Diabetes, Metabolic Syndrome and Obesity: Targets and Therapy
School of Medical and Health Sciences
National Natural Science Foundation of China
© 2020 Liu et al. Background: Few studies have considered the interplay between commuting mode and air pollution on obesity. The aim of this study was to examine whether workplace air pollutants exposure modifying the associations between different commuting mode and obesity. Methods: A cross-sectional study of workers in Beijing was conducted in 2016. The study sample comprised 10,524 participants aged 18 to 65 years old. Outcomes were defined as overall obesity (BMI ≥ 28 kg/m2) and abdominal obesity (WC ≥ 85 cm in men and WC ≥ 80 cm in women). Commuting modes were divided into walking, cycling, bus, subway, and car or taxi. Logistic regression models were used to estimate odds ratios relating commuting mode to overall and abdominal obesity and stratified by gender, controlling for covariates. Results: The association between commuting mode and obesity was more strongly in men than women. In the fully adjusted models, compared with car or taxi commuters, cycling (men: OR=0.37, 95% CI=0.20 to 0.68) or bus (men: OR=0.58, 95% CI=0.36 to 0.94) counterparts had a lower risk of overall obesity. Compared with car or taxi commuters, walking (men: OR=0.57, 95% CI=0.36 to 0.91), bus (men: OR=0.59, 95% CI=0.39 to 0.89), or subway (men: OR=0.59, 95% CI=0.39 to 0.89) counterparts had a lower risk of abdominal obesity. We observed significant interactions between exposure PM10 and cycling on overall obesity in men. After adjusting for air pollutants, the association between commuting mode and obesity was slightly strengthened. Conclusion: This study findings indicate that active (walking or cycling) or public (bus or subway) commuting modes were protected factors for overall and abdominal obesity among men. Air pollutants do not obscure the benefits of active or public commuting for obesity. These associations support the policy for increasing active or public commuting as a strategy to reduce the prevalence of obesity.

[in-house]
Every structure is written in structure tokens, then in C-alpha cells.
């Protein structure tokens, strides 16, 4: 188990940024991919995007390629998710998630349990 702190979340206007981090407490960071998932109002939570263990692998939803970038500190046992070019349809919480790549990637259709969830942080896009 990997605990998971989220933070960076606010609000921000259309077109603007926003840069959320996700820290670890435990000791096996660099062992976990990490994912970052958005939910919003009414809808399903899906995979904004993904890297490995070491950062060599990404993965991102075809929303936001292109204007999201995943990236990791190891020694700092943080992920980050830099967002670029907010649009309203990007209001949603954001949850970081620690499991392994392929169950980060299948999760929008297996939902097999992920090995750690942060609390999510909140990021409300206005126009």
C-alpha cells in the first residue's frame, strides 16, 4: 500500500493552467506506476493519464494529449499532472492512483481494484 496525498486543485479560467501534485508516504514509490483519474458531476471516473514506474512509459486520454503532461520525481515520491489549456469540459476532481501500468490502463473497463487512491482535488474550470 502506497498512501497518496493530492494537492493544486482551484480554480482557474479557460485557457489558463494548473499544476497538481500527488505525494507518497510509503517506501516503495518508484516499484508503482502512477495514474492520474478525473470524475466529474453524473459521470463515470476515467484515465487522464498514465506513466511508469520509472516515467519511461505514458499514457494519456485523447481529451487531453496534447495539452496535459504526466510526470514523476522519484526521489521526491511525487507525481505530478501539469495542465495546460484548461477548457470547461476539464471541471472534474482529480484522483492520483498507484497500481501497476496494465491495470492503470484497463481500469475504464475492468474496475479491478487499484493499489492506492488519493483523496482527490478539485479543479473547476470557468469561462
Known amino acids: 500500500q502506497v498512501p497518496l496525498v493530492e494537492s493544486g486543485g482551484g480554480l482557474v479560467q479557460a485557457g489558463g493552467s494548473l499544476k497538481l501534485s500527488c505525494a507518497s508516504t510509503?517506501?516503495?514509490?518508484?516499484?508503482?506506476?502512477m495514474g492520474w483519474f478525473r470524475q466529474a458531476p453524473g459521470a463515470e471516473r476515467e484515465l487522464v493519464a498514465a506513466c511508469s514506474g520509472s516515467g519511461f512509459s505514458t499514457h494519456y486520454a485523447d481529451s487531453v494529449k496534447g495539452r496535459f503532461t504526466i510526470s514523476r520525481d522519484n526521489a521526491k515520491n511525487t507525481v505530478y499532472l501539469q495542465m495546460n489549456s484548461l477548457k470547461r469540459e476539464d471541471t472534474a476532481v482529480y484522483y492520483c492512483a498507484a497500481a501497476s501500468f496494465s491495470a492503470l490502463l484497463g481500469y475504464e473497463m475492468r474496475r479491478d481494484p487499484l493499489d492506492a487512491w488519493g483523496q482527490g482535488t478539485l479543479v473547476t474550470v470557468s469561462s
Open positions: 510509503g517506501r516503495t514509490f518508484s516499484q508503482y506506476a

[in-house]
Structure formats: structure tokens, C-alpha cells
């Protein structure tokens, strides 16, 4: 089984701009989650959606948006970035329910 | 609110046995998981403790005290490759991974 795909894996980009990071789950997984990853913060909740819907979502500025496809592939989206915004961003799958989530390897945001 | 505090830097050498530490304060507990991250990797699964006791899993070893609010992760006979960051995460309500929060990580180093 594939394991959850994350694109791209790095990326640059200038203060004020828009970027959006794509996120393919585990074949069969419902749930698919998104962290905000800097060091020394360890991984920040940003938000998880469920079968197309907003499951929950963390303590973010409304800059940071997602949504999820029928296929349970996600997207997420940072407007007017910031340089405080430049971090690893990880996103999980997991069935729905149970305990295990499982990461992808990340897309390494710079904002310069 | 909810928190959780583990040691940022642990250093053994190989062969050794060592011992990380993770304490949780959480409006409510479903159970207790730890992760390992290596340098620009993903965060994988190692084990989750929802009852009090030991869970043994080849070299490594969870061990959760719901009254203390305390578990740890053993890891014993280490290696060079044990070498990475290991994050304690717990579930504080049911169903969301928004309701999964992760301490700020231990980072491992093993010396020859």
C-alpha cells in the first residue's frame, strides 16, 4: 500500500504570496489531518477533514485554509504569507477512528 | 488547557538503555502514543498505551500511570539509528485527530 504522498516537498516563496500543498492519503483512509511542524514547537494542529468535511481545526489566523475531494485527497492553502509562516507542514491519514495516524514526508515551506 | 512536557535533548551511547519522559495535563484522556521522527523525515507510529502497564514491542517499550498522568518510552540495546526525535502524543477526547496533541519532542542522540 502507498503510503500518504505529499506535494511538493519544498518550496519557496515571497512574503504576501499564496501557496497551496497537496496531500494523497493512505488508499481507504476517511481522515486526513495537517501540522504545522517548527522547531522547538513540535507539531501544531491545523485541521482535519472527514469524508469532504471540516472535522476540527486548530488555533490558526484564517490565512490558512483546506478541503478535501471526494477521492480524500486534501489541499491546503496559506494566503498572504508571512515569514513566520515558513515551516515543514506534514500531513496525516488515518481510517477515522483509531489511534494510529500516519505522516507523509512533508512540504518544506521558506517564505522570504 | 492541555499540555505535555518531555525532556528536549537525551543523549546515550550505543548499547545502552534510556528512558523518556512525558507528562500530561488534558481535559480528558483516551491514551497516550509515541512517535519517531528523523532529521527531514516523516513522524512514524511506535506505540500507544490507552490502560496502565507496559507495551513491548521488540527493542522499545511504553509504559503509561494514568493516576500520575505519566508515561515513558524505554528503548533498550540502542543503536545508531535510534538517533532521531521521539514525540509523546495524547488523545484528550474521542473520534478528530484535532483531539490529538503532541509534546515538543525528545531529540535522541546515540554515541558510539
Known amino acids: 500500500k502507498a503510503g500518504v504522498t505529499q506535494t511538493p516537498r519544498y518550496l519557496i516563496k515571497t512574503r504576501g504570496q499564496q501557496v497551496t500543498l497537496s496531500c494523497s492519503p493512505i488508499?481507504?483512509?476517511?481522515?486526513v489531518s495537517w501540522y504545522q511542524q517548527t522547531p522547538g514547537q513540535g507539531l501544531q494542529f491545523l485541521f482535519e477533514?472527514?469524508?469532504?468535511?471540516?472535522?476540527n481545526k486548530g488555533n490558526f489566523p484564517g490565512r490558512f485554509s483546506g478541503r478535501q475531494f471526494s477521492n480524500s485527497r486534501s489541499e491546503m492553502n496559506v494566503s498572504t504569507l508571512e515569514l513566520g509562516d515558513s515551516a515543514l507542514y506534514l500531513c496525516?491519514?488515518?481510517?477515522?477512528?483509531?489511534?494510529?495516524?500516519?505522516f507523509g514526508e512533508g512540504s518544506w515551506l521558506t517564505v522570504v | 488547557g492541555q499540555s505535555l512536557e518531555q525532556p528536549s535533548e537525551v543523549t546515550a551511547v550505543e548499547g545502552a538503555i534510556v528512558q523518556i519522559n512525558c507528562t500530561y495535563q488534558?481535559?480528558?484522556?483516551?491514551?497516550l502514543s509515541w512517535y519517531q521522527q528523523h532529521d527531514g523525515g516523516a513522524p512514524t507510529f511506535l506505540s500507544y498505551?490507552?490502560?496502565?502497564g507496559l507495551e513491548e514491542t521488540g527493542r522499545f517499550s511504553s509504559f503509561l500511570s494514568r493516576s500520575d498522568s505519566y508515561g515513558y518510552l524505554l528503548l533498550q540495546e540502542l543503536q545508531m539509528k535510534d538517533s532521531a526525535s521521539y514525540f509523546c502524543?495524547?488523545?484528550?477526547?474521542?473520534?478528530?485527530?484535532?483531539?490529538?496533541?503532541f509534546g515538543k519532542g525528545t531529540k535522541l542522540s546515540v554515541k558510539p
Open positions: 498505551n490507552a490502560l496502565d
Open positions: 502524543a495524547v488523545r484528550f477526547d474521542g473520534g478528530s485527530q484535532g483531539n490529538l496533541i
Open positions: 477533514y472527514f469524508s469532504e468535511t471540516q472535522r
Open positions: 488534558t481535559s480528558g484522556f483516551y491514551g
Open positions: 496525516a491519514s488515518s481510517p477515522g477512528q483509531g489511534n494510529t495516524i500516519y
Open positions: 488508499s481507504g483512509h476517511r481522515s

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Safety and quality in health care